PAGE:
Monday, 8 October 2018

the kessler syndrome

The night skies of the Dutch town of Almere, as Dezeen reports, are host to a project from designer Daan Roosegaarde, known for his massive installations that combine technology and art in urban environments, that track and visualise in real time the nearly thirty-thousand registered pieces of orbiting space debris that envelops the Earth with neon green laser lights, evoking the juxtaposing nostalgia for monochrome monitors and radar traces with the other-worldly and alien.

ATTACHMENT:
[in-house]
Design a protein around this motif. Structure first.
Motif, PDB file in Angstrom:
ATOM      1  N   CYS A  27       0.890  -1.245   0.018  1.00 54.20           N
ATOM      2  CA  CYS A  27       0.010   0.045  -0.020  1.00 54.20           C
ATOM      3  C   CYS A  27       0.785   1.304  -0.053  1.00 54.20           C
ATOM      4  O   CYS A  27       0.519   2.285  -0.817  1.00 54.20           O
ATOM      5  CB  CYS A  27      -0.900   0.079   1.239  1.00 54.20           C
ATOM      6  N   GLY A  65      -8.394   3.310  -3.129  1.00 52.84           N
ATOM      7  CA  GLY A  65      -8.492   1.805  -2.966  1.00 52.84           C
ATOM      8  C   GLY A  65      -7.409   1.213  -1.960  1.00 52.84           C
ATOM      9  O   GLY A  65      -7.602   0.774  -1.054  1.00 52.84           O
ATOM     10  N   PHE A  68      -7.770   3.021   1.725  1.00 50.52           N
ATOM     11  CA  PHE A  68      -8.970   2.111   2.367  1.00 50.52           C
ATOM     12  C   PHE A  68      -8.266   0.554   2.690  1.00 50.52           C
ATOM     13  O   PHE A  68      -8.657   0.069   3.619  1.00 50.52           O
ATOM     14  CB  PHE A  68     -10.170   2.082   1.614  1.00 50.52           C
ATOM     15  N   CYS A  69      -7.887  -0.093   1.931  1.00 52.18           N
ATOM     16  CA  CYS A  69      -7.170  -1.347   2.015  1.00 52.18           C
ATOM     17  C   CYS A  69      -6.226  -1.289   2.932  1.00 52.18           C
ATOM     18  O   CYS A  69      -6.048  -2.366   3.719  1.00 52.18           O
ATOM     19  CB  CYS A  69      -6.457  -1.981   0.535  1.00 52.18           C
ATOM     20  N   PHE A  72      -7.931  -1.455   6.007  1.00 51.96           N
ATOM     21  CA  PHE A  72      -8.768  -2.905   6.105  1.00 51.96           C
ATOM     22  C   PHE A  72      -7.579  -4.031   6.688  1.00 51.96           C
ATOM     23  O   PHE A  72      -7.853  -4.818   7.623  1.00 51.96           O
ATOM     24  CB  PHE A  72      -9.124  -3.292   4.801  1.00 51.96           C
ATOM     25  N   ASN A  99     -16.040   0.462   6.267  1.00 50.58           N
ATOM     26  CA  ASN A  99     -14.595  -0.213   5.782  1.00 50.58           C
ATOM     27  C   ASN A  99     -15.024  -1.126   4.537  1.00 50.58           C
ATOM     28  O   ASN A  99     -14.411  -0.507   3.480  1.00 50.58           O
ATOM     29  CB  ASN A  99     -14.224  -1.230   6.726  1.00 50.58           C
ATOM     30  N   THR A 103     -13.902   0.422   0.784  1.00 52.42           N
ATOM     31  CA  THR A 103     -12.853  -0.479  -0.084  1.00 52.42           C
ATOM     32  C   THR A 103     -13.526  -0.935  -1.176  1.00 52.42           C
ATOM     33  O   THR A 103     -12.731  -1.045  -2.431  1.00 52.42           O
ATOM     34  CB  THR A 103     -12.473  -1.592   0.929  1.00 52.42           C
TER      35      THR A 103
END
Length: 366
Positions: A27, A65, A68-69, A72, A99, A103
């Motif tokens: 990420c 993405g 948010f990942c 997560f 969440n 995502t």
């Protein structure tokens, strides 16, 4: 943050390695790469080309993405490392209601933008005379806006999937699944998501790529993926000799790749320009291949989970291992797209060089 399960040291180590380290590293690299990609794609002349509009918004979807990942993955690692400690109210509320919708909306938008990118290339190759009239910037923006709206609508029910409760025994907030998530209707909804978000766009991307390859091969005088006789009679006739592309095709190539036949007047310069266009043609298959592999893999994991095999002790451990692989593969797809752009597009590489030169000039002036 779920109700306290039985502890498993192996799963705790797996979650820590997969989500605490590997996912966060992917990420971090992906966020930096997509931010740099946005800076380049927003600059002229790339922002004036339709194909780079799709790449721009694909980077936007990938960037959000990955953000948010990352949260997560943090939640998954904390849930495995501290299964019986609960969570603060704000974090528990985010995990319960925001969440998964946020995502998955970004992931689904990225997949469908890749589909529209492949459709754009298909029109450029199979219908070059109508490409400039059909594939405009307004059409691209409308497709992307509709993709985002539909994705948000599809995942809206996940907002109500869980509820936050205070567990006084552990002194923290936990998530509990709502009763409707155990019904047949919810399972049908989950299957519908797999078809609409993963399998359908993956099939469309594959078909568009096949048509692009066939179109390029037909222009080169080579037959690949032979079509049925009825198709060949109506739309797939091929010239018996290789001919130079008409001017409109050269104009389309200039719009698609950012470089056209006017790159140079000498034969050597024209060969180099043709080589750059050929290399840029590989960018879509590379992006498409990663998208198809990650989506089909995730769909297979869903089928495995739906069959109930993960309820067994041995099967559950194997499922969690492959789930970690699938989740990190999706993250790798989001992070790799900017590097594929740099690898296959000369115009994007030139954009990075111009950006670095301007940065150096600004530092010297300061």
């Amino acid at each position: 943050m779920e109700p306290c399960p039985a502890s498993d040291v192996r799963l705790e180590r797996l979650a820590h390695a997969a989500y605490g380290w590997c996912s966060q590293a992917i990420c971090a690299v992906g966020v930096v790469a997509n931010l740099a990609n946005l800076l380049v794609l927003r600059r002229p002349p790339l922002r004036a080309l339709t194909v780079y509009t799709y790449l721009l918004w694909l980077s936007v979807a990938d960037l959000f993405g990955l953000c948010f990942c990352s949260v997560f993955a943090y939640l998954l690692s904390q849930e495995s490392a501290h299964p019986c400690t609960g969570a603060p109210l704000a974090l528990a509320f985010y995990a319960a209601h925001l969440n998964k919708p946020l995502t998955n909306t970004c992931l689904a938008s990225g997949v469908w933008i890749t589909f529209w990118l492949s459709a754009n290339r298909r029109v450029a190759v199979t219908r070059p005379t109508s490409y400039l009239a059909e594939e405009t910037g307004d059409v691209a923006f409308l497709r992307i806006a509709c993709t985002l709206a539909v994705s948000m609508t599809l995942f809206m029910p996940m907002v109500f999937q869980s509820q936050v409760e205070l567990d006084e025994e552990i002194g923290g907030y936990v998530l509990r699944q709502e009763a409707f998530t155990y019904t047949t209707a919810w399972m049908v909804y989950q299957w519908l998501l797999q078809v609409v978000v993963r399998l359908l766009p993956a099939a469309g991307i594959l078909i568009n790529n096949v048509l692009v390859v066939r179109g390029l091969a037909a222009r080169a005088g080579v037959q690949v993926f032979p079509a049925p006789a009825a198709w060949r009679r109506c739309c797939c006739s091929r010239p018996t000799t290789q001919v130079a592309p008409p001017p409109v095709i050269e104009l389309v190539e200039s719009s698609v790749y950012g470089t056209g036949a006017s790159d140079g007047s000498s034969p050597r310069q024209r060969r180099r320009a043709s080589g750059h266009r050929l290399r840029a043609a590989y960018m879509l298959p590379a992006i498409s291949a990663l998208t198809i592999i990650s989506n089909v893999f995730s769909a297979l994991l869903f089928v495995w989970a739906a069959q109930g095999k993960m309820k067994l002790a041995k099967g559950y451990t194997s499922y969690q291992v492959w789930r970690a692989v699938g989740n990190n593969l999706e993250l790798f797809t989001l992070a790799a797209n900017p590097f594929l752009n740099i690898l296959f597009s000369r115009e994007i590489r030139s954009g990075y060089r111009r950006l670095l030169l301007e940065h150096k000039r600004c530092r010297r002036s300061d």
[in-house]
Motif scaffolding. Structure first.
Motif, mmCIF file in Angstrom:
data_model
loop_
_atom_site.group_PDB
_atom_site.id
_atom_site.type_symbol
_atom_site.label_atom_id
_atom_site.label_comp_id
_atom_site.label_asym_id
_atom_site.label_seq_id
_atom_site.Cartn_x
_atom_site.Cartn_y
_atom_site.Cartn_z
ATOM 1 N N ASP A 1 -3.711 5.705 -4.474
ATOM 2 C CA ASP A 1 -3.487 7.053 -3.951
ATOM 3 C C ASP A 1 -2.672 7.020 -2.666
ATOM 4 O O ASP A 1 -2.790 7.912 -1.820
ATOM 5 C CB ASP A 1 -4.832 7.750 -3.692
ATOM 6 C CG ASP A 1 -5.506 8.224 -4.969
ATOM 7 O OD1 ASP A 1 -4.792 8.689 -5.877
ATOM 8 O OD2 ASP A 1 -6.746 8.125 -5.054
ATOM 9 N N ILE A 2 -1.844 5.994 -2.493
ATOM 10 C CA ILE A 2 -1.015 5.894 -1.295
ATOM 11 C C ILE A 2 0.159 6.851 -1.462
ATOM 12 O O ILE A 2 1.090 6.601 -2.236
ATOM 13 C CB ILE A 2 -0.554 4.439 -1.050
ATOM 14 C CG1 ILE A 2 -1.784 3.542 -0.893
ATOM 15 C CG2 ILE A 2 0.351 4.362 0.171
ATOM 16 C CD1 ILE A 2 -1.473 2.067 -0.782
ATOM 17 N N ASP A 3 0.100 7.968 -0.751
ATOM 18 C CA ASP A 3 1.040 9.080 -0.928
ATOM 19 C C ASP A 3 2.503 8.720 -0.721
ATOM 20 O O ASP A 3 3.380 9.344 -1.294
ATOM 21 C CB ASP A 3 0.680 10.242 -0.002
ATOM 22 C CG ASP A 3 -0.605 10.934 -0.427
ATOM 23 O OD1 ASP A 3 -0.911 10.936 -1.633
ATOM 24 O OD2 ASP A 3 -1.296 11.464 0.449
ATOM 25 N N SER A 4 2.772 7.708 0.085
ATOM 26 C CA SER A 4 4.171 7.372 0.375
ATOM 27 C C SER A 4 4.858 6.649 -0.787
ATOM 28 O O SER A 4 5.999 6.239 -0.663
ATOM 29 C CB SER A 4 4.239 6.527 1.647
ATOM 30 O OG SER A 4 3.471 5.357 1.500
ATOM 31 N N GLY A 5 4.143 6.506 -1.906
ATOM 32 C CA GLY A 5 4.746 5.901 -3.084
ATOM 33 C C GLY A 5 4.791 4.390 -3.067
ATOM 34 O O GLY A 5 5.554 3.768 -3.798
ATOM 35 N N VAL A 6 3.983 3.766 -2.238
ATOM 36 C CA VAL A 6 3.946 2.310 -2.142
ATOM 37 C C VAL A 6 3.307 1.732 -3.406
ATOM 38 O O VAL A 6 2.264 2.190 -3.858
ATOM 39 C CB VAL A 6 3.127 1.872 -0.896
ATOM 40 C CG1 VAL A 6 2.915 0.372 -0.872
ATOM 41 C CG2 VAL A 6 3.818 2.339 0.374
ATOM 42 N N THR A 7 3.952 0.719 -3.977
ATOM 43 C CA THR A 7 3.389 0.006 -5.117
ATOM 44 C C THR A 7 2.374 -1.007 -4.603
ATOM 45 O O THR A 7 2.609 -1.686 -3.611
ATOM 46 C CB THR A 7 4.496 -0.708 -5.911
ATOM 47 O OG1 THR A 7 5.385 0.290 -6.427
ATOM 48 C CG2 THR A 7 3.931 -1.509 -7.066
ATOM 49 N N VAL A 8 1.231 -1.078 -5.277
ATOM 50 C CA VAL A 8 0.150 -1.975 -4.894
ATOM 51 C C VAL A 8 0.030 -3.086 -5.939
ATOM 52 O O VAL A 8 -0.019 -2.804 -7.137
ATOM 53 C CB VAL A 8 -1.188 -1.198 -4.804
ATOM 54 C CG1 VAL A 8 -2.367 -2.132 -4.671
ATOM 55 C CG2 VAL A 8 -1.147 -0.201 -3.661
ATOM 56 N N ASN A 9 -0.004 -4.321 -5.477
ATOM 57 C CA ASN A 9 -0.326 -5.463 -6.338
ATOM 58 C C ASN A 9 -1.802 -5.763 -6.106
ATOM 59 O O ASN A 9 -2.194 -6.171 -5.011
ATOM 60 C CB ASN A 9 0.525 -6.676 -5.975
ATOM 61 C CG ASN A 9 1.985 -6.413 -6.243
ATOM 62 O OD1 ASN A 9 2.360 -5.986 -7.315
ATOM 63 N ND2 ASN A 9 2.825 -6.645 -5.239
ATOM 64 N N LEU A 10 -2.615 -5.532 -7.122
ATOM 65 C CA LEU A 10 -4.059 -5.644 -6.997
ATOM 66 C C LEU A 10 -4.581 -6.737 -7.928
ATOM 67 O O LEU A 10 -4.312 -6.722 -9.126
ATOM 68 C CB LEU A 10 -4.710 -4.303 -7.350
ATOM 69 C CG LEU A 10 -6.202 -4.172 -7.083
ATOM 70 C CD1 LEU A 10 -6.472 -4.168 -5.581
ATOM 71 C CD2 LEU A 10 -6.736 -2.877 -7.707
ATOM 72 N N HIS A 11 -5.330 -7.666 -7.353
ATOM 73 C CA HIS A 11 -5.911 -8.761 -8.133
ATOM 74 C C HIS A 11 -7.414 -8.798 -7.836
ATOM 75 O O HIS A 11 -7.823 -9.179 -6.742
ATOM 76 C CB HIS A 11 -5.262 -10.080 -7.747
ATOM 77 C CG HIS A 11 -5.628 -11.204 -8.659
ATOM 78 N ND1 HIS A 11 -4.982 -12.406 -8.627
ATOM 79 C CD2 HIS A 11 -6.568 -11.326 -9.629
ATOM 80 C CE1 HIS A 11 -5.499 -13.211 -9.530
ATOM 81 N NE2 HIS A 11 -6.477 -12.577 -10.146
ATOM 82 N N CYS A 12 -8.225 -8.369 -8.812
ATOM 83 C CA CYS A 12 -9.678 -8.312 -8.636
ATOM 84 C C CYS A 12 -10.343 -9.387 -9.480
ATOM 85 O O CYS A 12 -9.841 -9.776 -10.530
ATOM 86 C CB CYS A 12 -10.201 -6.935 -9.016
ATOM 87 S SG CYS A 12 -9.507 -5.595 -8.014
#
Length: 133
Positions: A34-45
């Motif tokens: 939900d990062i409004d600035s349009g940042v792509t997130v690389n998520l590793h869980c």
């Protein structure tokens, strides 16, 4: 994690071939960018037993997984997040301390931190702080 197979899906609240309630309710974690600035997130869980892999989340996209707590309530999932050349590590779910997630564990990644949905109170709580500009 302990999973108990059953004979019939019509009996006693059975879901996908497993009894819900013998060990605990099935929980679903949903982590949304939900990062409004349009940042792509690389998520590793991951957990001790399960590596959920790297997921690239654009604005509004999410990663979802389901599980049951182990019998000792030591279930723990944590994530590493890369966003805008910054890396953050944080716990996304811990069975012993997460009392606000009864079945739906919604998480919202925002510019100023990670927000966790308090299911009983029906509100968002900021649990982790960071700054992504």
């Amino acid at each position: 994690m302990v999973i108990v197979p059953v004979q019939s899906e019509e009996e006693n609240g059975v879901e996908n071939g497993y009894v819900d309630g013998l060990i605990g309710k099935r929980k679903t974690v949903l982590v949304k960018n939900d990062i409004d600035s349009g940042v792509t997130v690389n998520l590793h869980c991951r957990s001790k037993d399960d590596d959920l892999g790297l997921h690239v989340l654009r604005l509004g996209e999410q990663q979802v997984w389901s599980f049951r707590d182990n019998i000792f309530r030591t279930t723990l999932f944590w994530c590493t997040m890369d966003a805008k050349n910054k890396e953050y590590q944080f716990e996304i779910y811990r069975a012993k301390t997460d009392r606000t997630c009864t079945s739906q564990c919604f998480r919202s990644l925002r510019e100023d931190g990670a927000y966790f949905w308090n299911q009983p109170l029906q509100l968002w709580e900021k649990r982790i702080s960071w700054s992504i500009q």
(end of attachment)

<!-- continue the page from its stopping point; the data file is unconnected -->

Perhaps it strikes some that fretting over space junk is an indulgent luxury but as the artist reflects, these sizable objects are a threat to keeping the channels of communication open as well as advances in exploration itself—the title referring to the nightmare situation of collisional cascading where the low Earth orbit becomes so over-crowded with waste that safe space travel becomes untenable for generations and we lose our motivation to explore. The abstract threat, a feeling shared among stargazers surely, becomes immediate and encourages the audience to think about solutions and ways to upcycle the detritus of past missions. Learn more at the links up top.